The molecular basis of kidney diseases: cystinosis and hereditary nephrotic syndrome
The research projects of our team are focused on two major topics; cystinosis and hereditary nephrotic syndrome. These projects stem from the seminal work done by our group that identified the CTNS gene involved in cystinosis in 1998, and the NPHS2 gene encoding podocin in 2000, the first gene identified in steroid-resistant nephrotic syndrome (SRNS).
Cystinosis is an inherited lysosomal storage disorder characterized by a defective lysosomal efflux of cystine, a proximal tubulopathy being the main and earliest renal symptom of the disease. The causative gene, CTNS, encodes a glycosylated lysosomal membrane protein, cystinosin, which acts as a cystine-proton symporter. It is composed of seven transmembrane (TM) domains and contains two lysosomal targeting motifs: a tyrosine-based signal (GYDQL) in its C-terminal tail and a non-classical motif in its ﬁfth inter-TM loop. We recently showed that the tyrosine-based GYDQL motif of cystinosin is a ‘strong’ AP-3 interacting motif responsible for lysosomal targeting of cystinosin by a direct intracellular pathway. Our on-going projects are aimed at characterizing new functions of cystinosin beyond the lysosomal transport of cystine, mainly by studying new pathways (mTORC1 signaling and autophagy) that have been highlighted by the identification of protein interacting with cystinosin by proteomics, and at elucidating mechanisms underlying the proximal tubular dysfunction, using in vitro and in vivo models developed in the lab.
Nephrotic syndrome is a clinical entity characterized by massive proteinuria, hypoalbuminemia, hyperlipidemia and edema. The identification of genes involved in rare familial forms of steroid-resistant nephrotic syndrome (SRNS) has highlighted the crucial role played by the podocyte, a highly specialized glomerular cell, in the integrity of the glomerular filtration barrier. Almost 40 genes have been identified that, if mutated, are responsible for monogenic forms of SRNS (autosomal recessive and dominant). Most of these genes encode proteins expressed in the podocyte, particularly structural proteins and actin network regulators.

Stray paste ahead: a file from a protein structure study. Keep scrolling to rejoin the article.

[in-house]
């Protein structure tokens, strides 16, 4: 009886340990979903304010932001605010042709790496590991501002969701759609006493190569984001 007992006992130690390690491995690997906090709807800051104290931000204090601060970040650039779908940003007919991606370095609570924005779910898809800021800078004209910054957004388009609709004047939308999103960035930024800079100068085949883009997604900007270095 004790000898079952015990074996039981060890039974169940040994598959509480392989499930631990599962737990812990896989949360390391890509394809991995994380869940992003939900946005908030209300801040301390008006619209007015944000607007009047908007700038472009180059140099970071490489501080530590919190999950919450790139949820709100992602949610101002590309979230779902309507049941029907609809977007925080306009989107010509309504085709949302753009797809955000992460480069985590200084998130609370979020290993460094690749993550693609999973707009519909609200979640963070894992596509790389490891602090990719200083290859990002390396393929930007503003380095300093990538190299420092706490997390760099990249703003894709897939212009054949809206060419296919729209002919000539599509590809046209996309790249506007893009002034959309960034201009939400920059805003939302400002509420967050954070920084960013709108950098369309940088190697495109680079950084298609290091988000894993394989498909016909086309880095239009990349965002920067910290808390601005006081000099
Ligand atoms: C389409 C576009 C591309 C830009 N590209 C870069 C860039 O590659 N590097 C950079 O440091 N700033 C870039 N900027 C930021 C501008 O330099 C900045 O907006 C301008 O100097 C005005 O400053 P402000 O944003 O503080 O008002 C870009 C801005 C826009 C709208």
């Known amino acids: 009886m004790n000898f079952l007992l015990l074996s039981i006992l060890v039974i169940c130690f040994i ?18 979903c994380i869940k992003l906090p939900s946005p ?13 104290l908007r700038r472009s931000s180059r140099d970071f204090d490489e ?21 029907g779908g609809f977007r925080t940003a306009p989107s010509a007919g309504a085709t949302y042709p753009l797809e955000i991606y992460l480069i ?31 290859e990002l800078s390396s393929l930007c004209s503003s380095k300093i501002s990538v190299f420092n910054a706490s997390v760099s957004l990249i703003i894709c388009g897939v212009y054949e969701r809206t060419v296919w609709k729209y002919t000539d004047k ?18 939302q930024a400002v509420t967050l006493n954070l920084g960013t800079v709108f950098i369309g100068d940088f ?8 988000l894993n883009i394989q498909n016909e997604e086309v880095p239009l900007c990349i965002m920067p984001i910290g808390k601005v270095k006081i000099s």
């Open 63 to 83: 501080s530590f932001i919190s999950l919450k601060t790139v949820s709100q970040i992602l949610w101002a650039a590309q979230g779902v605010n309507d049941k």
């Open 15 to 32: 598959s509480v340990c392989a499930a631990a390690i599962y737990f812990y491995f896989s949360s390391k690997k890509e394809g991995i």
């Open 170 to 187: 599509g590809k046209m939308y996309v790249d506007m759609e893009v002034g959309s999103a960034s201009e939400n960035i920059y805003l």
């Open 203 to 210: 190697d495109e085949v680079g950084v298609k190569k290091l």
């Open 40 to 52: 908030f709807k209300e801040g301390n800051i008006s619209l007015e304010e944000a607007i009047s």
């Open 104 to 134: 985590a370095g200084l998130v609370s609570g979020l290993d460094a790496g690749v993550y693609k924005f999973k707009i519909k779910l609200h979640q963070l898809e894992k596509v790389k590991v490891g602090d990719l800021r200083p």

Recently, we have described the crucial role of podocin dimerization in the pathogenicity of NPHS2 mutations, leading to incomplete penetrance of some associations of mutations. Mutations in this gene, originally found by our group, are responsible for more than 40% of SRNS and these results have a direct impact on patients care, both clinically and for genetic counseling, and open new perspectives for evaluating the pathogenicity of mutations in autosomal recessive diseases. We have also identified a homozygous missense mutation in the ciliary gene TTC21B which unexpectedly causes familial focal and segmental glomerulosclerosis (with a dual phenotype of both primary tubulointerstitial and glomerular lesions). In addition, our group has identified the first gene (WDR73) involved in Galloway-Mowat syndrome (GMS), associating microcephaly and SRNS, as well as, very recently, five other genes, encoding proteins forming a highly conserved complex, also mutated in patients with GMS. Mutations in genes such as WDR73 affect both the kidney and the nervous system, in line with growing evidence that podocytes and neurons share a large set of common features. Moreover, our discovery of mutations in genes such as TTC21B and WDR73 has highlighted the emergent role of proteins involved in microtubule dynamic and organization in podocyte pathophysiology.
The main objective of our group is to unravel new actors and molecular networks driving podocyte differentiation and/or maintenance, and to identify new pathophysiological mechanisms leading to SRNS, especially those related to actin/microtubule networks and cell survival.
Our projects comprise:
1) the study of podocin biogenesis, trafficking and degradation, as well as screening of molecules modifying podocin folding and trafficking with the aim of testing new and innovative therapies,
2) the identification of new genes involved in SRNS by next-generation sequencing and the characterization of their gene products by using cellular models, as well as knock-in and knock-out animal models (fruit fly Drosophila melanogaster, zebrafish and mouse) generated with the CRISPR/Cas9 technology.
3) the modeling of hereditary nephrotic syndrome with human induced pluripotent stem cells (iPSCs) created from patient’s cells with isolated SRNS and/or Galloway-Mowat syndrome in order to generate new insights into the molecular pathways altered in these disorders.